Forget the chocolate. February is all about the sweet potato. The sweet potato made its debut in the late 1400s with the Native Americans, and today is served in many dishes across the globe. The sweet potato, which is often confused with a yam, is orange (and sometimes even purple in color).
Sweet potatoes are, also, some of nature’s biggest sources of nutrition. It includes important vitamins such as:
Vitamin A: One sweet potato can meet OVER 300% of your daily Vitamin A needs. Vitamin A plays a vital role in vision, bone development and immune function.
Manganese: The sweet potato is also a good source of manganese. Manganese helps maintain normal blood sugar levels and optimal thyroid function.
Fiber: Does it get any better? A sweet potato contains up to 4 grams of fiber, up to 16% of your daily value, which allows you to stay fuller for longer periods of time! Plus fiber is great nutrient for lowering cholesterol.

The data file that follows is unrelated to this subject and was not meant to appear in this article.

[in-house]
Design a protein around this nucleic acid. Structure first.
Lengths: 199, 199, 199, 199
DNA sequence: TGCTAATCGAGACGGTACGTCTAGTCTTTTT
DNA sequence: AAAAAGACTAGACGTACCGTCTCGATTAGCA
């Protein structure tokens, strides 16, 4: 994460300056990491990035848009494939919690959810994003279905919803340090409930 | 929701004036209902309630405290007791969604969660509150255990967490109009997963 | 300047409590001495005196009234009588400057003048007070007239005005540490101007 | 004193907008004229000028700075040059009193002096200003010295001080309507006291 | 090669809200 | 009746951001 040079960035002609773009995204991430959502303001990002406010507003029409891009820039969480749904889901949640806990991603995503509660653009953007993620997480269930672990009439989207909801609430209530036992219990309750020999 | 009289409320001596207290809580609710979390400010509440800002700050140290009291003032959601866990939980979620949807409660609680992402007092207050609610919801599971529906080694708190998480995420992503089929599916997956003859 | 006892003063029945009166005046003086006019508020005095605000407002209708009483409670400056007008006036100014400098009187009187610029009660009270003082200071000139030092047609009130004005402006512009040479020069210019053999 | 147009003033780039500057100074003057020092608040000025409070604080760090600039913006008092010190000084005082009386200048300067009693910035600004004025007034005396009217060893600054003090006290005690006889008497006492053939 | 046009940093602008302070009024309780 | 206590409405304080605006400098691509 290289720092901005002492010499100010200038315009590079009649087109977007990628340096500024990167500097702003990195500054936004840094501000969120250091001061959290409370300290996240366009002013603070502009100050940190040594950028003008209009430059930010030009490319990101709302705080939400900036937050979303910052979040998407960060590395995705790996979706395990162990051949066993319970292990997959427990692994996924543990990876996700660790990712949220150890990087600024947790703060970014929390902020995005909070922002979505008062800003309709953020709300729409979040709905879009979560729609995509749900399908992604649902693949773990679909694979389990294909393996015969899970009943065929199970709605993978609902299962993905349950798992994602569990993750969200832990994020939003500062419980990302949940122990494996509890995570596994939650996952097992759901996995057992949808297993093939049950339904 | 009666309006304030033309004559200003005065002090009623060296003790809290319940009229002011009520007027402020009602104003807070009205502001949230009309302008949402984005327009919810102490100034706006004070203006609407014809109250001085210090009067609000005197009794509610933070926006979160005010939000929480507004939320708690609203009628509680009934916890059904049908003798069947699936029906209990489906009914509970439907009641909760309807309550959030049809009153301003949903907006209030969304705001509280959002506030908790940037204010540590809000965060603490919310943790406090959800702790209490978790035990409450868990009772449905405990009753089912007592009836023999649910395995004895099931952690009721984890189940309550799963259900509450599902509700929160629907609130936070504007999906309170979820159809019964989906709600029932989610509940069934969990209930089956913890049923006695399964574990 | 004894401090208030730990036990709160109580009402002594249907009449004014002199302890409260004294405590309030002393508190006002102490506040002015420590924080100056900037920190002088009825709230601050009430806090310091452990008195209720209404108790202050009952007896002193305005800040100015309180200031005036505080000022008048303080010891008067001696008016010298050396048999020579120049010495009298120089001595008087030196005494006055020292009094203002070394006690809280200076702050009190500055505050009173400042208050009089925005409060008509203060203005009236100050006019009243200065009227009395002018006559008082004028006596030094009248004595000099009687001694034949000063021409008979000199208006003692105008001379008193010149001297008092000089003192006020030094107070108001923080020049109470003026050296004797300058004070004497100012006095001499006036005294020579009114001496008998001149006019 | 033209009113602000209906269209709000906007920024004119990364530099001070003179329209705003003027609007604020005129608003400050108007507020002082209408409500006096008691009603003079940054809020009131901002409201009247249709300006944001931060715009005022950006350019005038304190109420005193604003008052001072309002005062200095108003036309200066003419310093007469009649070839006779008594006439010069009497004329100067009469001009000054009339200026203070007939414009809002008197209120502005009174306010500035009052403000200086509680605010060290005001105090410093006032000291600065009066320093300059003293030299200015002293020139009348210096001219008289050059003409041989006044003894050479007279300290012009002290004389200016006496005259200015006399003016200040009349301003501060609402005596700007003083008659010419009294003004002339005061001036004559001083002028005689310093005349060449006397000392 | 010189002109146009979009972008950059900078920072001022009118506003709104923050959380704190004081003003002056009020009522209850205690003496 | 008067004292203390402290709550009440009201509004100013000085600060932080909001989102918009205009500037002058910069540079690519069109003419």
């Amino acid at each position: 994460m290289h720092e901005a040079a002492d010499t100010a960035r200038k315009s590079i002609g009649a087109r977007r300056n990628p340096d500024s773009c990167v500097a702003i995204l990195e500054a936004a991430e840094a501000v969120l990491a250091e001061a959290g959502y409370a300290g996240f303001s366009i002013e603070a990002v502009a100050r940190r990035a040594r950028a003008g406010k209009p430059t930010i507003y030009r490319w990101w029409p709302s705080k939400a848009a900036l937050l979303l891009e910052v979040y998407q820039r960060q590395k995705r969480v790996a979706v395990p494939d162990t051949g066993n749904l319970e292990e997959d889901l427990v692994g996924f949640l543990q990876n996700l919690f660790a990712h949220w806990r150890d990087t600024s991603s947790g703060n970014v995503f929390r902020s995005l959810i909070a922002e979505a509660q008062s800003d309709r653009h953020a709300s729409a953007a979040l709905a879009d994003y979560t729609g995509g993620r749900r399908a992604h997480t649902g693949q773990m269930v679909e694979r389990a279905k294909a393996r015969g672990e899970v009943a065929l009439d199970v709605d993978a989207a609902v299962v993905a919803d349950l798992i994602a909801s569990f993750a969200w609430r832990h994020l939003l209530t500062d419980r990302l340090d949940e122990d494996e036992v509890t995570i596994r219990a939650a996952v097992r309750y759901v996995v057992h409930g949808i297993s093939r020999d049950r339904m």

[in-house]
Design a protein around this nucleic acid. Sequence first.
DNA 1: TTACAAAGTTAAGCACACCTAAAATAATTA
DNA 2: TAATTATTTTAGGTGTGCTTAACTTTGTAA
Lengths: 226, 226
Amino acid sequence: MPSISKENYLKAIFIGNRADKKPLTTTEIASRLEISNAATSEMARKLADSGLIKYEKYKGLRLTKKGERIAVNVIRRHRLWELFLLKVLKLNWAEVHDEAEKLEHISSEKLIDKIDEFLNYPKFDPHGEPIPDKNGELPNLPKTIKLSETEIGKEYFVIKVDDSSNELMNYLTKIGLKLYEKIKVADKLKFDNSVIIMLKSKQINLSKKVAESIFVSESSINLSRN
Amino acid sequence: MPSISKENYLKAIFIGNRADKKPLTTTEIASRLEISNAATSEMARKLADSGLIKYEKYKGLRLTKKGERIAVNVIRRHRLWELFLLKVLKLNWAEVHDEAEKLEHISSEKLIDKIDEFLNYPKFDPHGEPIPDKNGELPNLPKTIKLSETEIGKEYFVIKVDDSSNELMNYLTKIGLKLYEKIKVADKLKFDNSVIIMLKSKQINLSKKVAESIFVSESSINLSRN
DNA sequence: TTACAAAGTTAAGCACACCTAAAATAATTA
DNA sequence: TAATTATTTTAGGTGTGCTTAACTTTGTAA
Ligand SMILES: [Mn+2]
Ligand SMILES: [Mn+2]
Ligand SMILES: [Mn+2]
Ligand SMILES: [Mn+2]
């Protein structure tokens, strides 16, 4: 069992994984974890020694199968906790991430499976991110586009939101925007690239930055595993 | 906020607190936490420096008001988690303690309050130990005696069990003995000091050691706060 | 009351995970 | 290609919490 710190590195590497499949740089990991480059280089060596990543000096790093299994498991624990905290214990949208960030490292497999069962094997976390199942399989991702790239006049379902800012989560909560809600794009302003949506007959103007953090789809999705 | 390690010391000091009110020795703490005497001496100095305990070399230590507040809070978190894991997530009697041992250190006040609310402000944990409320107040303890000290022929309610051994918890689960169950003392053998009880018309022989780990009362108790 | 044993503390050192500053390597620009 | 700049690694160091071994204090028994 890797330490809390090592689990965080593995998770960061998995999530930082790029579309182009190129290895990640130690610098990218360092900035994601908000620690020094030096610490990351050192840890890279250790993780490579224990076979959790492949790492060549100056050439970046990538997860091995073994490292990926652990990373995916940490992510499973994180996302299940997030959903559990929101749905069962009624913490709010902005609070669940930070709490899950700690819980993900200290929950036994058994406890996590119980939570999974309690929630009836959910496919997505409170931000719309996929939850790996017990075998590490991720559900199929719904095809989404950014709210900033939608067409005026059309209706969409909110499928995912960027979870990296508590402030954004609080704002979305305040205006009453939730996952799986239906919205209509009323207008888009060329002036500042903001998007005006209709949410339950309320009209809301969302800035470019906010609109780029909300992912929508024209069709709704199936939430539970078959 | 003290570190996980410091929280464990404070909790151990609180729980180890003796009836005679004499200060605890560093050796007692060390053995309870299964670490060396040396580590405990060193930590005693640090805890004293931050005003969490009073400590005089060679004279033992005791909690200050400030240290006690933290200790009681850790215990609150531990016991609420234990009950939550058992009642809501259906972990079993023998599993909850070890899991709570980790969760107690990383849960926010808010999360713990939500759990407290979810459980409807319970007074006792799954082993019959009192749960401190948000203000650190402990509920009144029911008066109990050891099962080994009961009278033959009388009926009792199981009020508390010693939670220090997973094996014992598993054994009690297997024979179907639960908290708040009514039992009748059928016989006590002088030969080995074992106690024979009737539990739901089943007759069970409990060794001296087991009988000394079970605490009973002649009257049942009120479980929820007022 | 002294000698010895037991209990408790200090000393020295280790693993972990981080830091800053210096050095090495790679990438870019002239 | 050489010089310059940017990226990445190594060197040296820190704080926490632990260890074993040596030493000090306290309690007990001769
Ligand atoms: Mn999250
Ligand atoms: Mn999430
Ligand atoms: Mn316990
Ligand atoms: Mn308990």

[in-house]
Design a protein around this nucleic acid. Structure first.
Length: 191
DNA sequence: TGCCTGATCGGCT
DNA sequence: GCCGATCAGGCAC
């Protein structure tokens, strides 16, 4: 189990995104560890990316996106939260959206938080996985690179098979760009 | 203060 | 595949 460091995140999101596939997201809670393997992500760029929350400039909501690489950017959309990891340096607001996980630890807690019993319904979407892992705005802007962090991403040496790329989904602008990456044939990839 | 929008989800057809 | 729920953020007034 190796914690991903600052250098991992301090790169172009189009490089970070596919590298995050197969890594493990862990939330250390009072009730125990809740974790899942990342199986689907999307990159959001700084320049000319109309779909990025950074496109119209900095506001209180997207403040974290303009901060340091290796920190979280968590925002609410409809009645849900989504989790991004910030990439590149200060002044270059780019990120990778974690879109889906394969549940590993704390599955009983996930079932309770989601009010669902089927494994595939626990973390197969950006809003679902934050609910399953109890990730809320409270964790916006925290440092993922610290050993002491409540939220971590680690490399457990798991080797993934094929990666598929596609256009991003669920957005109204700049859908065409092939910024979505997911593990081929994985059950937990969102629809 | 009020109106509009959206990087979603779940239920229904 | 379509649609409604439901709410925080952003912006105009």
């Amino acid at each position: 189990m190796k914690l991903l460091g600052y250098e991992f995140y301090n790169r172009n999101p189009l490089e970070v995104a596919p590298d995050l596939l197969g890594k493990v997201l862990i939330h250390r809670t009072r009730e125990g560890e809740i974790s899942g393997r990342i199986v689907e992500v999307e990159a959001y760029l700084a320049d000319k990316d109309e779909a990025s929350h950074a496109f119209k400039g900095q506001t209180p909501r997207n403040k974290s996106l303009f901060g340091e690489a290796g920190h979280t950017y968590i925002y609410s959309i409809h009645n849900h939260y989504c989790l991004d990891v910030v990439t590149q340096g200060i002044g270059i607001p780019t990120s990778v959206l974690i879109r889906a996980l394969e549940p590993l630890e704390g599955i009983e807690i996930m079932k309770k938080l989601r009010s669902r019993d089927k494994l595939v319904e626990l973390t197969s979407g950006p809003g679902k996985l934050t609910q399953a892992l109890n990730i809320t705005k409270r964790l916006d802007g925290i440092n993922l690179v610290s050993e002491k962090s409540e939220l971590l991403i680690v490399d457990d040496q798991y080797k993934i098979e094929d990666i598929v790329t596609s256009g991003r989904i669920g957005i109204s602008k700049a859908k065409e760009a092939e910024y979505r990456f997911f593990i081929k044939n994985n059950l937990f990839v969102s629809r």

Vitamin C: A sweet potato also contains 35% of your daily recommend amount of Vitamin C. In additional to the nutrients that a sweet potato provides, it is also low in calories and fat, making the sweet potato ideal for weight management.
Curious about incorporating the sweet potato in your favorite dishes? Check out one of our favorite recipes.
Over Roasted Wedges
Preheat oven to 450°. Peel three small sweet potatoes lengthwise into eight wedges. In a large bowl, combines 1 ½ tablespoons garlic-flavored olive oil, ½ teaspoon dry mustard, ½ teaspoon salt and 2 teaspoons minced fresh rosemary. Next, add sweet potatoes and toss to coat. Arrange the sweet potatoes in a single layer on a baking sheet. Bake potatoes for 30 minutes or until soft and lightly browned. Turn the wedges one time after the first 15 minutes. Serve immediately.